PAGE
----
Facebook has teamed with Microsoft to create Graph Search, and they’re betting it will replace Google as the number one search provider. The premise (nicely articulated by Dave Williams in a recent AdAge post) is that by including what you say you like on Facebook into a search algorithm, searches will be better targeted to your needs. Better results will then yield more interest, ultimately dethroning Google as king of search.
It’s not a bad premise, but it is ultimately a flawed one. The problem is, people don’t share enough of themselves on Facebook. Instead they flit from post to post, sharing interests superficially, without depth. If you want proof, look at the results from targeted ads versus social data. While social data has value, it’s not more valuable than behaviorally targeted ads. There is a hierarchy at work in the data. Let’s call it the hierarchy of intentions.
The Hierarchy of Intentions
A hierarchy is designed to show the most important factors at the top, then descend in order to the least important factors. The hierarchy of intentions is accordingly designed to rank types of data about consumers by it’s ability to project intent.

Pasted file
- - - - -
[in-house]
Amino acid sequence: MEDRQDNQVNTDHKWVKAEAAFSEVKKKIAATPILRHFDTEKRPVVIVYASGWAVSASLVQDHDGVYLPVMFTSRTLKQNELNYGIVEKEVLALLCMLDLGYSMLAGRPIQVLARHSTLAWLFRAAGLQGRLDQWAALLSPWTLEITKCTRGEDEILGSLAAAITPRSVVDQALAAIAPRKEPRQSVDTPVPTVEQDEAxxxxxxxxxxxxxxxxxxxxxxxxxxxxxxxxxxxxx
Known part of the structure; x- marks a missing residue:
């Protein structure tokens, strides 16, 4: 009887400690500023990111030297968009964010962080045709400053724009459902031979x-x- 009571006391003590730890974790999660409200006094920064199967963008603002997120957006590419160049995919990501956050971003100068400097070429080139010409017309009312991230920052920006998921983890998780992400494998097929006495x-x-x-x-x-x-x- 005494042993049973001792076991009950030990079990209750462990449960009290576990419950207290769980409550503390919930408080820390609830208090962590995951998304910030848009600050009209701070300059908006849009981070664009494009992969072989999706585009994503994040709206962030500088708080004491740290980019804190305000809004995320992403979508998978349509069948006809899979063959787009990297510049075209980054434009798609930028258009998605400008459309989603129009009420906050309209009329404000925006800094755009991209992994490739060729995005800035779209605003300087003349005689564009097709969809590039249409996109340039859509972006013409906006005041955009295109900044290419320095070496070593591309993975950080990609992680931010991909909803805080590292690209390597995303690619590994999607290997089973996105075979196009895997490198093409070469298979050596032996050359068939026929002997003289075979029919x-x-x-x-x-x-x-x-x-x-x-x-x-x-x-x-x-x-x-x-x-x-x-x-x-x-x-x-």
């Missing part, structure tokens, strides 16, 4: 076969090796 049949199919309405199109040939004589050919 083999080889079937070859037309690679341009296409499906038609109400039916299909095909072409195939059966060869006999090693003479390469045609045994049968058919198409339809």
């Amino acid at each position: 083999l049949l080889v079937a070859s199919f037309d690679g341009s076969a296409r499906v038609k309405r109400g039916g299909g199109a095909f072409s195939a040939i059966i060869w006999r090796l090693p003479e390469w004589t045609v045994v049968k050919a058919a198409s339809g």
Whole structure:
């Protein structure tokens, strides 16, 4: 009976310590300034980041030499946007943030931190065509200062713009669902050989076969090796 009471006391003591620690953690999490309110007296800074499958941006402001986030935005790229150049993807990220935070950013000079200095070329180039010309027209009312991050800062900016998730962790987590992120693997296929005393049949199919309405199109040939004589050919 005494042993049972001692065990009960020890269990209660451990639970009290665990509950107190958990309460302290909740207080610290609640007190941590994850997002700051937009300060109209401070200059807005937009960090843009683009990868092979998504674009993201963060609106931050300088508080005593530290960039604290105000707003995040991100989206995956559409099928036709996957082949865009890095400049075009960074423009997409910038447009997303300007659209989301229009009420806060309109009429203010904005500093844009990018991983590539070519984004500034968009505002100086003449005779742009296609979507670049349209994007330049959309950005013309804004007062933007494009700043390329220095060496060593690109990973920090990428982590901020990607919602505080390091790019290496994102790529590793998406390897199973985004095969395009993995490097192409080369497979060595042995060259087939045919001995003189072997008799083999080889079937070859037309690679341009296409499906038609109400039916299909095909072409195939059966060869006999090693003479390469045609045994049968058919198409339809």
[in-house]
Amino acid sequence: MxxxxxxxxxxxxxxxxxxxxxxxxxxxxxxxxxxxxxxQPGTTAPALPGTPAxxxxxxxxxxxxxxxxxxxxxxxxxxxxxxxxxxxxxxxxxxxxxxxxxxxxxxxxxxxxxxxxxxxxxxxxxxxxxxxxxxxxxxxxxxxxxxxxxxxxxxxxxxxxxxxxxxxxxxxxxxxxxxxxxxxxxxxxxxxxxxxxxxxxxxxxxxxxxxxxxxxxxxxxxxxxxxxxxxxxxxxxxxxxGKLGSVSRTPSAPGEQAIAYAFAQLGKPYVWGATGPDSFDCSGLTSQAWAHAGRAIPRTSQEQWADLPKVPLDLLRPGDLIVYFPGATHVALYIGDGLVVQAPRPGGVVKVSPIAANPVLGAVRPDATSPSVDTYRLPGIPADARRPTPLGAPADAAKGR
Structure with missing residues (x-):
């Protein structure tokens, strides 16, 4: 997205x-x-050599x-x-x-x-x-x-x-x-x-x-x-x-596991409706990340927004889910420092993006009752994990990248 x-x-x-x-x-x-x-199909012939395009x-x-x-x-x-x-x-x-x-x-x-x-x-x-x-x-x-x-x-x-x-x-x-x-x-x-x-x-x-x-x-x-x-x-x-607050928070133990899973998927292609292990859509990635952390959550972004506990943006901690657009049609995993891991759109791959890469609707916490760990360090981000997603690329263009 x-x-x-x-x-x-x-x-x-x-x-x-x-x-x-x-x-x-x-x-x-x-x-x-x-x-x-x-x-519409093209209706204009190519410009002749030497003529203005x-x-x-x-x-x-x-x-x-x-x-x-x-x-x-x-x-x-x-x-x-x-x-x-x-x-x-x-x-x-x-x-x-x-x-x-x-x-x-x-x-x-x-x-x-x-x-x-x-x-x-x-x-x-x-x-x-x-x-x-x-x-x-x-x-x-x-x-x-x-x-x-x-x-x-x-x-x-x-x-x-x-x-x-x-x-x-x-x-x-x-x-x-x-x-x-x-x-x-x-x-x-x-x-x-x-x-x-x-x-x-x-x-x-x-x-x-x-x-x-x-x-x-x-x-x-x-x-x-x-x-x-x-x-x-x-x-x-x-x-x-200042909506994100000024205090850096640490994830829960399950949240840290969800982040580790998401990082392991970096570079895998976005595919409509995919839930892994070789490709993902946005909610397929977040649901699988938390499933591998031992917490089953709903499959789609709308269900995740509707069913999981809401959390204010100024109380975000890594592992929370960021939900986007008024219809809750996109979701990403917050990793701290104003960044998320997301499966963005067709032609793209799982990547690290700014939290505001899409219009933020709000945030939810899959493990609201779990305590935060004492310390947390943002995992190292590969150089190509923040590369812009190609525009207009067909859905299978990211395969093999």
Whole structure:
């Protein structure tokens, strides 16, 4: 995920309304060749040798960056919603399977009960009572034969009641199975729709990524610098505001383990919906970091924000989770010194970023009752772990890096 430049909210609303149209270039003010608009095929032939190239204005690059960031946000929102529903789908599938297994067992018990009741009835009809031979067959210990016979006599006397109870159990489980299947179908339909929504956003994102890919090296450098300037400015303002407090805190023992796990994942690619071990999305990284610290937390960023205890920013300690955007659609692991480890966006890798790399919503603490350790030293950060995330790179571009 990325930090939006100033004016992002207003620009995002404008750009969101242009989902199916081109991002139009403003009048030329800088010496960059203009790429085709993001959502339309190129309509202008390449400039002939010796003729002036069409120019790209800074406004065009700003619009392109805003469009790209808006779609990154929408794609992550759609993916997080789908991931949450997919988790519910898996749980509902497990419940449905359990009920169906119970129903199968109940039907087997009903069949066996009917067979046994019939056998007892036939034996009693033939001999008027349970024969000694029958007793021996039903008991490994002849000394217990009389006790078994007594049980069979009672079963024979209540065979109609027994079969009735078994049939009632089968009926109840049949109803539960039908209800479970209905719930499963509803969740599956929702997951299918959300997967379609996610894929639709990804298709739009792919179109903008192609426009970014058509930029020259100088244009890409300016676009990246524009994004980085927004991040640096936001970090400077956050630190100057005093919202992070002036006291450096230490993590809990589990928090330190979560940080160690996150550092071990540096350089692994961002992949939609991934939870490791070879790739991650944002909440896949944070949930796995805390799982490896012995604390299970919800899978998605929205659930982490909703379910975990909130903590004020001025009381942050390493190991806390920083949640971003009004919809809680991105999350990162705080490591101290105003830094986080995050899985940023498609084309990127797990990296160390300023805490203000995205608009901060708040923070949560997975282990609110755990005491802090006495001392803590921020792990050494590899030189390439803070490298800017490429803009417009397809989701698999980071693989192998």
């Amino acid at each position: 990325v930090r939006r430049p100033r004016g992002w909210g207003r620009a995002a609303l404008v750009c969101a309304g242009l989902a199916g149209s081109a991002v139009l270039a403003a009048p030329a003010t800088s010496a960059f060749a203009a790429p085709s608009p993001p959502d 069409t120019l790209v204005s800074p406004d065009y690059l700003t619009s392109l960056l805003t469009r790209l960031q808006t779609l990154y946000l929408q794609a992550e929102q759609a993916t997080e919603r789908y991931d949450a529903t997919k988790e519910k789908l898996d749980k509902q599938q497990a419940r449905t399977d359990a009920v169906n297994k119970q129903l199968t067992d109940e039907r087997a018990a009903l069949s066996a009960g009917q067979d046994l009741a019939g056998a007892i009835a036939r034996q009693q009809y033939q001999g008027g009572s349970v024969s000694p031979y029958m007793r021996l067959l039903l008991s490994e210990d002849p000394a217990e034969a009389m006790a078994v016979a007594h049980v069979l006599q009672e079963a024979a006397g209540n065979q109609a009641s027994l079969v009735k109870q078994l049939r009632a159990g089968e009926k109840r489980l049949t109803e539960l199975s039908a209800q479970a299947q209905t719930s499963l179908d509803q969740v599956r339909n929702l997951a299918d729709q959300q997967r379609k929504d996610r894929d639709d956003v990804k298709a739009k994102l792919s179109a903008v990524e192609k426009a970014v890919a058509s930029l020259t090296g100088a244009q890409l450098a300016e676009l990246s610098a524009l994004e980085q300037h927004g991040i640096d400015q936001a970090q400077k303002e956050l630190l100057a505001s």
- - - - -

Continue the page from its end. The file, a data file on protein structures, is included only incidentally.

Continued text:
At the top is purchase data. Buying anything is a great indicator of interest. After all, the buyer was interested enough to spend money on the item.
Second is search, closely matched to word-of-mouth. Because both are organic, both indicate a high level of intent to act. You might argue that word-of-mouth is not data. This is true, except where it occurs in the social sphere. So if semantics and keyword tracking and analysis uncover an interest in any type of item or service, then that can be transformed into data and used to evaluate intent to act.
The next level down finds clicks, opens, category browsing all lumped together as another level of organic interest. While not as strong an indicator as purchase or search, they do show some level of interest.
The lowest level includes reported data – both the demographic information available for purchase from data providers, as well as the self-reported information about likes (for example) on social networks. This information can age quickly and tends to be less reliable than actions. But it has value too.
Facebook’s Graph Search is betting that information from the lowest level of the hierarchy will help make search so much better than what Google offers, that people will see the value and move to Facebook as the top search provider. However, Google – with a huge base of email already used to drive targeted ads – has the ability to use keywords from emails (word of mouth – the second level in the hierarchy) in their search result algorithms. Which should give them an edge over the Graph. So I wouldn’t count Google out yet.
Does Graph Search have potential? Sure. But maybe more for Bing – since the Facebook partner and Hotmail/Outlook owner has the potential to combine data from both 2nd levels and 4th levels of the hierarchy into its algorithms. And that’s something Google just doesn’t have yet. Then again, neither does Facebook.